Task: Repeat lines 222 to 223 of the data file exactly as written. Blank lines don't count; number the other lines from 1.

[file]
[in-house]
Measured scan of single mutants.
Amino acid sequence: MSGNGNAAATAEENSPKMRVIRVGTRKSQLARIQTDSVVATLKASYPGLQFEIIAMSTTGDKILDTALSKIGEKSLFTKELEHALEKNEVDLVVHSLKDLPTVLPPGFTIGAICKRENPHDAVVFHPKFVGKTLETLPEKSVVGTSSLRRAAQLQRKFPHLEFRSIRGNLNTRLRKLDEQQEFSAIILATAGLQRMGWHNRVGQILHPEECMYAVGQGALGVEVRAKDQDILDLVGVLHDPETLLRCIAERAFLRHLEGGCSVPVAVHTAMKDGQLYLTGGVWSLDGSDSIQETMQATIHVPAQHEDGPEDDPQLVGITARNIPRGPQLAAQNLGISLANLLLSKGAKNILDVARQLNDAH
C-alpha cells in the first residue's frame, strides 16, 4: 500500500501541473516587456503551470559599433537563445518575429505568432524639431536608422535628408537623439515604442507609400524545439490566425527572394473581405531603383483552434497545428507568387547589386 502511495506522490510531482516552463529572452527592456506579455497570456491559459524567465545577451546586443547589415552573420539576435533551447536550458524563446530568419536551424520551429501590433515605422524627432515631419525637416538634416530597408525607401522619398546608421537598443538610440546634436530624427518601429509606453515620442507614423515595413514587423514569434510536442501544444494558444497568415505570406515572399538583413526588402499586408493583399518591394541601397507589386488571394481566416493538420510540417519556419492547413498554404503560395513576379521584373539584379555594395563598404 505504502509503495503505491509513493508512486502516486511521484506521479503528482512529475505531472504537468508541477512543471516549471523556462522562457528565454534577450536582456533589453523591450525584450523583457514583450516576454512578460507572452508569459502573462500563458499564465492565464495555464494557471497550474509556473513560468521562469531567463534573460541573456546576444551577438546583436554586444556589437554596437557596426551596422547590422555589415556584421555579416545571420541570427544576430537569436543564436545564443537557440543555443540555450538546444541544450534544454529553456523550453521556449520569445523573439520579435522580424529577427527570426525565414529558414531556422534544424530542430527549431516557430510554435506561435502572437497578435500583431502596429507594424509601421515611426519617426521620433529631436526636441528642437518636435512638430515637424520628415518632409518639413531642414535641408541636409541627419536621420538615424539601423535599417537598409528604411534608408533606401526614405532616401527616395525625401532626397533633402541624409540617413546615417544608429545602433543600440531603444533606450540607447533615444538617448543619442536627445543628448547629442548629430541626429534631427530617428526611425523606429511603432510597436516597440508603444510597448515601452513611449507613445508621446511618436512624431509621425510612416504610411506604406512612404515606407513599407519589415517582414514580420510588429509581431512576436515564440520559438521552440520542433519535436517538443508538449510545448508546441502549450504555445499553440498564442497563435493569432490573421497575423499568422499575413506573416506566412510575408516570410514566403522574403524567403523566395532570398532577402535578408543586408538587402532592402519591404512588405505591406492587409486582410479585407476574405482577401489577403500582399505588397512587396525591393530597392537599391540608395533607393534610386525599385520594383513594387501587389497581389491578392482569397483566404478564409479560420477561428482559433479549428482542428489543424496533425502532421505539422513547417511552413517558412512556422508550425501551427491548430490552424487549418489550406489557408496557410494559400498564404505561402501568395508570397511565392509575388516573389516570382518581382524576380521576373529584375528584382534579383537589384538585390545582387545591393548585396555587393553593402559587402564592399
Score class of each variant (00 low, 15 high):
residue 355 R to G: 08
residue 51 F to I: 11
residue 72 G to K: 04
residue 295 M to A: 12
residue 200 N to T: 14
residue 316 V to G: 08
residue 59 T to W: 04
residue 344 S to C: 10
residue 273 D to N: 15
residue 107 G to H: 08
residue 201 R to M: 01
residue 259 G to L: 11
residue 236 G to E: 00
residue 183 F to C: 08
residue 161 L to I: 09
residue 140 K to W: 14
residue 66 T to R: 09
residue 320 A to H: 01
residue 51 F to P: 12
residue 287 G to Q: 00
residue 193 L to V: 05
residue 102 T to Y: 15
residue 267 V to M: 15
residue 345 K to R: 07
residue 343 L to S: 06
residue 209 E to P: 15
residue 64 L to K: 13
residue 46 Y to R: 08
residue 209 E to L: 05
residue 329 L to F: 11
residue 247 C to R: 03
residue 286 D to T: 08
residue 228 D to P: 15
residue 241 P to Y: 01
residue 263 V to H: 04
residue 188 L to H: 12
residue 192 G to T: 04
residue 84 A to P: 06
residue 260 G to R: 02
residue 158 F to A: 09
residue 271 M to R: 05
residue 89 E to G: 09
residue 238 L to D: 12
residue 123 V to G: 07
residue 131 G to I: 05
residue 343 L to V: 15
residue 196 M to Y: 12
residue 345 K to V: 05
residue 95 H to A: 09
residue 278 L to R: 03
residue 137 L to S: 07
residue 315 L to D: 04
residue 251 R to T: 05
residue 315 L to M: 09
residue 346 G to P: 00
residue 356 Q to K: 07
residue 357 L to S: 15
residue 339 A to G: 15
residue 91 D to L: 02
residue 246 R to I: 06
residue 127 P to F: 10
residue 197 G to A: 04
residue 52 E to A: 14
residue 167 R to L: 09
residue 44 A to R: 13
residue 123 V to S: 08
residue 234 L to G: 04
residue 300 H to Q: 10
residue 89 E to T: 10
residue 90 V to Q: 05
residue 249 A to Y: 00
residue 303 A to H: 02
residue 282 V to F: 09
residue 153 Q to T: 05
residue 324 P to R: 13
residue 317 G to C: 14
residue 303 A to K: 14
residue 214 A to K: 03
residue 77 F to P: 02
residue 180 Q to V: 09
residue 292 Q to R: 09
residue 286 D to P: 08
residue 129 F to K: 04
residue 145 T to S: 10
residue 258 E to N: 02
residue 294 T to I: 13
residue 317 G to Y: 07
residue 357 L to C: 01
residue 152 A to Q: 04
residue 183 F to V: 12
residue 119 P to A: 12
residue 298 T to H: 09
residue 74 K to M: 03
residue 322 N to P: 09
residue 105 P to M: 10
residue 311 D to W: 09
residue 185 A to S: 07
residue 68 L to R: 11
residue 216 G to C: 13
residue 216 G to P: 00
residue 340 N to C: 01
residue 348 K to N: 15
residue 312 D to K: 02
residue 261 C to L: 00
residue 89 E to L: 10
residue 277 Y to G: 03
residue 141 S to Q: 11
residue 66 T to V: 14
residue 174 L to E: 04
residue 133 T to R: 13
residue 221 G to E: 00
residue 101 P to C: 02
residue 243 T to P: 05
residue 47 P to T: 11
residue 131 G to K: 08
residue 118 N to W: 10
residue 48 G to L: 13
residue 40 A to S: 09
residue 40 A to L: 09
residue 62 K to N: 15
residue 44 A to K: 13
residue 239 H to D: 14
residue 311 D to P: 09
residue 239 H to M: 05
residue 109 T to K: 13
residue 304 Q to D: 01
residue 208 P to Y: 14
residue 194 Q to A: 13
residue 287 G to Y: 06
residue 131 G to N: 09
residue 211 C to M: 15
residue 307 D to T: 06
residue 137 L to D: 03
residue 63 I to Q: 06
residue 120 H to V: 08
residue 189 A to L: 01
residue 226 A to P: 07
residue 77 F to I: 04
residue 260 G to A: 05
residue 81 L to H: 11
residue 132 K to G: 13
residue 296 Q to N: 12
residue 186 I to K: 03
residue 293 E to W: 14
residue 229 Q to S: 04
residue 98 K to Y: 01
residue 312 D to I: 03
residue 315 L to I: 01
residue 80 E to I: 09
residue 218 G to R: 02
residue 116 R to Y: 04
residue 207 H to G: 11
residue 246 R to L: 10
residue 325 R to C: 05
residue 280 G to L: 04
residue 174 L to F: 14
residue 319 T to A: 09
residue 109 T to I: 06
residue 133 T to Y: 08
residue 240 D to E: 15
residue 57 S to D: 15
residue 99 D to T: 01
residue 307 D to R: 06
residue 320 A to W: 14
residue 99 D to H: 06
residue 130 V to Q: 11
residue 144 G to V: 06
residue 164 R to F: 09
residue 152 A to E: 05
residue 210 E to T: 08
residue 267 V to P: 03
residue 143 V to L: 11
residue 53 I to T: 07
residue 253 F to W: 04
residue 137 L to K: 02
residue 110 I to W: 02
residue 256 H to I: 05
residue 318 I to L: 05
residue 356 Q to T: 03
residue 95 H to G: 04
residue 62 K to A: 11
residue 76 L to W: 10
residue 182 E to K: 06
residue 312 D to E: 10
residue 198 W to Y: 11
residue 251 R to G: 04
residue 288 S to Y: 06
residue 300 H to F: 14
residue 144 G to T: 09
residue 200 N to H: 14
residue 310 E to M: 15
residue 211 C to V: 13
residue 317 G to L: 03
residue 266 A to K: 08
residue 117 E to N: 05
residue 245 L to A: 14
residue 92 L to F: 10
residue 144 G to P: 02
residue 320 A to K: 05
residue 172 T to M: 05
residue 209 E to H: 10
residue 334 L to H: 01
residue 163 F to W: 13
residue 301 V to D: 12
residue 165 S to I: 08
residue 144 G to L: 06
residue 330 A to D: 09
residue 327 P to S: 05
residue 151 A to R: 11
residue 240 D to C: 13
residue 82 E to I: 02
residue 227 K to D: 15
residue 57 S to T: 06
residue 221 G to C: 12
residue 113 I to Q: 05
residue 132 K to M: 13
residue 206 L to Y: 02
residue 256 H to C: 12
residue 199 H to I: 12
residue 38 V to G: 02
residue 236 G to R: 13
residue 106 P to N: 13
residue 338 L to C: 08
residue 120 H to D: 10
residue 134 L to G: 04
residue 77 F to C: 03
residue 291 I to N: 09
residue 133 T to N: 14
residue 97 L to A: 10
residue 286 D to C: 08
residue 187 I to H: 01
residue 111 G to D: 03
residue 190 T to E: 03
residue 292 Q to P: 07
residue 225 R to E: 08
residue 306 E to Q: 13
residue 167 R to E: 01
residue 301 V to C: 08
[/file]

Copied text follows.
residue 206 L to Y: 02
residue 256 H to C: 12